For a market to function well,  you must be able to trust most of the people most of the time [to live up to contractual obligations];  you must be secure from having your property expropriated;  information about what is available where at what quality must flow smoothly;  any side effects of third parties must be curtailed; and  competition must be at work.
So concludes John McMillan in his magisterial and highly engaging 2002 book on institutions and markets, Reinventing the Bazaar: A Natural History of Markets (amazon). McMillan provides fantastic examples from across time and around the world on how formal and informal institutions have served in meeting these five conditions. Examples range from produce vendors in the Makola market in Accra to bidders for public construction contracts in Tokyo.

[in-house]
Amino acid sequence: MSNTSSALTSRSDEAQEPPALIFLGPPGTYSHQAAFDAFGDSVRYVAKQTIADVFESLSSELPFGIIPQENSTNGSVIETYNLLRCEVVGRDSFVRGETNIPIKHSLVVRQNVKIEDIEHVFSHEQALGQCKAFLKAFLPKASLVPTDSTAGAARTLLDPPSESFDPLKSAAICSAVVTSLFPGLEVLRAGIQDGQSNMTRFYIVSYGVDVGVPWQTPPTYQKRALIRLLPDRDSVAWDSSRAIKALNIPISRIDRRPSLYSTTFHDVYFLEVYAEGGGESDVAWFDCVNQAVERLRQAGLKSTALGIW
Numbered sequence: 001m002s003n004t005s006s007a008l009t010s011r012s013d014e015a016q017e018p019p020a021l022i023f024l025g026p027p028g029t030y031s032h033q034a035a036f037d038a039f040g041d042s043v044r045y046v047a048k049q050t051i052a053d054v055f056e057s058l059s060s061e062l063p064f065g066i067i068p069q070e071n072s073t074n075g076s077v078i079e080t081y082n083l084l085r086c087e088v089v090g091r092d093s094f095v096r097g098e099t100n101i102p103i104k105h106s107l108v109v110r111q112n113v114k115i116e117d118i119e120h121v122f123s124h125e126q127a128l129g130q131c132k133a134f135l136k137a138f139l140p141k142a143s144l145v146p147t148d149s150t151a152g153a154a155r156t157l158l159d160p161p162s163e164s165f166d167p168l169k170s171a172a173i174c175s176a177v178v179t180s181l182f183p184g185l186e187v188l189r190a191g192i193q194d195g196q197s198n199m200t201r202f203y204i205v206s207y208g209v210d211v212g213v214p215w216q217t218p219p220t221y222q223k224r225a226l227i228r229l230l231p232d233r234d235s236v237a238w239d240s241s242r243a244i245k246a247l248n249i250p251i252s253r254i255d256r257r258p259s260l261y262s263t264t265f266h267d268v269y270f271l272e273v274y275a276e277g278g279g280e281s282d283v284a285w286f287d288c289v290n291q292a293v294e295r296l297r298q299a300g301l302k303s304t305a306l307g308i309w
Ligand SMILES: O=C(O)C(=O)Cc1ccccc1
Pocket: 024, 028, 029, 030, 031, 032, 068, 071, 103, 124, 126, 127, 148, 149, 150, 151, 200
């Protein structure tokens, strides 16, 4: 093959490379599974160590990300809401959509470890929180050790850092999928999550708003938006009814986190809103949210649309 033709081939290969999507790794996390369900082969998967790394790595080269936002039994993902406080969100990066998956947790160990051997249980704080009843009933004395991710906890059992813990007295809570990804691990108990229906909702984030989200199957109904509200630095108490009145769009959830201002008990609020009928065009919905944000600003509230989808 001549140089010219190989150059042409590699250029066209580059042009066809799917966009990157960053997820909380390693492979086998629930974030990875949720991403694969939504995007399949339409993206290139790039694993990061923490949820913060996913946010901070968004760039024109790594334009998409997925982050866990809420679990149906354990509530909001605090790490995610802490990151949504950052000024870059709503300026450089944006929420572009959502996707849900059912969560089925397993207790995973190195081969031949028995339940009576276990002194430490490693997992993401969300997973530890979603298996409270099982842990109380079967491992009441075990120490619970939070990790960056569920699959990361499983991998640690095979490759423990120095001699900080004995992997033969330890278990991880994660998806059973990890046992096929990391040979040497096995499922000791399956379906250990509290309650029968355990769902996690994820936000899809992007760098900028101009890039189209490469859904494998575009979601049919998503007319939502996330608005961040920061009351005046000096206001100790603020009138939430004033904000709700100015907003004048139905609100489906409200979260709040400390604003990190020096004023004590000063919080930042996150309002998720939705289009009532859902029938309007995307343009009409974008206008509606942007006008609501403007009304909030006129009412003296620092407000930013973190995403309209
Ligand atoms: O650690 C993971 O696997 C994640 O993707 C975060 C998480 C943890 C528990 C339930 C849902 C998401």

I was reading this while traveling through the DRCongo the past two weeks. Helped to open my eyes about the various third party roles that state, armed group, and traditional elites play in market exchange there.